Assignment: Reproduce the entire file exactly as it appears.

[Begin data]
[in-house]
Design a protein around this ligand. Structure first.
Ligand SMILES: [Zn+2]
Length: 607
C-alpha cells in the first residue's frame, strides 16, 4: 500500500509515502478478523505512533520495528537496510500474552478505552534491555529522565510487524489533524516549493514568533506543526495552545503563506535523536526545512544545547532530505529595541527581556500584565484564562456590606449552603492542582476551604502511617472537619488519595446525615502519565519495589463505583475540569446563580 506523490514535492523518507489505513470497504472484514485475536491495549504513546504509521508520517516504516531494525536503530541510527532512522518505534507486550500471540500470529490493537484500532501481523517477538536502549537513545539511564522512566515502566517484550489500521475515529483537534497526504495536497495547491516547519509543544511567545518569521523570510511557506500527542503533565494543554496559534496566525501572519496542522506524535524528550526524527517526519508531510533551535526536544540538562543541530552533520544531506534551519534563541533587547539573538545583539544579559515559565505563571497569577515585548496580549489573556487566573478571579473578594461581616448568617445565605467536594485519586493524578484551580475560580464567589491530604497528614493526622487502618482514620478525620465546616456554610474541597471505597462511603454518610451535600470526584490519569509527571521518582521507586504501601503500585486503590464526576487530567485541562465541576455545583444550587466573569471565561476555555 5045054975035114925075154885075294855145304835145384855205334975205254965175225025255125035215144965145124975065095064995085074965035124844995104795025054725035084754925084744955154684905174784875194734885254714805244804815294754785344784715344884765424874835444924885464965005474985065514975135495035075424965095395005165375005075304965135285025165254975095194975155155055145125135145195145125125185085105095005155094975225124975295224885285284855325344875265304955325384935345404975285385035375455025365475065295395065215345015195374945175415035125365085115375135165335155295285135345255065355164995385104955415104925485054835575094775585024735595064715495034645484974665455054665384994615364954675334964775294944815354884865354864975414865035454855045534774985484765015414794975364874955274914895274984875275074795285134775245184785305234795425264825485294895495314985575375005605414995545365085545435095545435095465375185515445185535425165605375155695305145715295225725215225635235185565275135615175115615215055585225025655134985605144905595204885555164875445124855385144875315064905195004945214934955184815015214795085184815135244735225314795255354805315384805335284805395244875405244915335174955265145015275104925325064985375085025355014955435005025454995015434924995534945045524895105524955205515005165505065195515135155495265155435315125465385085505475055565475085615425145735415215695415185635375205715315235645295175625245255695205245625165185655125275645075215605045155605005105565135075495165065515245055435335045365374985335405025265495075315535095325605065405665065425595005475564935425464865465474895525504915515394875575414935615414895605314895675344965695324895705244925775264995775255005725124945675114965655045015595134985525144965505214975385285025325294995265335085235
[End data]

[in-house]
Design a protein around this ligand. Structure first.
Ligand SMILES: [Zn+2]
Length: 607
C-alpha cells in the first residue's frame, strides 16, 4: 500500500509515502478478523505512533520495528537496510500474552478505552534491555529522565510487524489533524516549493514568533506543526495552545503563506535523536526545512544545547532530505529595541527581556500584565484564562456590606449552603492542582476551604502511617472537619488519595446525615502519565519495589463505583475540569446563580 506523490514535492523518507489505513470497504472484514485475536491495549504513546504509521508520517516504516531494525536503530541510527532512522518505534507486550500471540500470529490493537484500532501481523517477538536502549537513545539511564522512566515502566517484550489500521475515529483537534497526504495536497495547491516547519509543544511567545518569521523570510511557506500527542503533565494543554496559534496566525501572519496542522506524535524528550526524527517526519508531510533551535526536544540538562543541530552533520544531506534551519534563541533587547539573538545583539544579559515559565505563571497569577515585548496580549489573556487566573478571579473578594461581616448568617445565605467536594485519586493524578484551580475560580464567589491530604497528614493526622487502618482514620478525620465546616456554610474541597471505597462511603454518610451535600470526584490519569509527571521518582521507586504501601503500585486503590464526576487530567485541562465541576455545583444550587466573569471565561476555555 5045054975035114925075154885075294855145304835145384855205334975205254965175225025255125035215144965145124975065095064995085074965035124844995104795025054725035084754925084744955154684905174784875194734885254714805244804815294754785344784715344884765424874835444924885464965005474985065514975135495035075424965095395005165375005075304965135285025165254975095194975155155055145125135145195145125125185085105095005155094975225124975295224885285284855325344875265304955325384935345404975285385035375455025365475065295395065215345015195374945175415035125365085115375135165335155295285135345255065355164995385104955415104925485054835575094775585024735595064715495034645484974665455054665384994615364954675334964775294944815354884865354864975414865035454855045534774985484765015414794975364874955274914895274984875275074795285134775245184785305234795425264825485294895495314985575375005605414995545365085545435095545435095465375185515445185535425165605375155695305145715295225725215225635235185565275135615175115615215055585225025655134985605144905595204885555164875445124855385144875315064905195004945214934955184815015214795085184815135244735225314795255354805315384805335284805395244875405244915335174955265145015275104925325064985375085025355014955435005025454995015434924995534945045524895105524955205515005165505065195515135155495265155435315125465385085505475055565475085615425145735415215695415185635375205715315235645295175625245255695205245625165185655125275645075215605045155605005105565135075495165065515245055435335045365374985335405025265495075315535095325605065405665065425595005475564935425464865465474895525504915515394875575414935615414895605314895675344965695324895705244925775264995775255005725124945675114965655045015595134985525144965505214975385285025325294995265335085235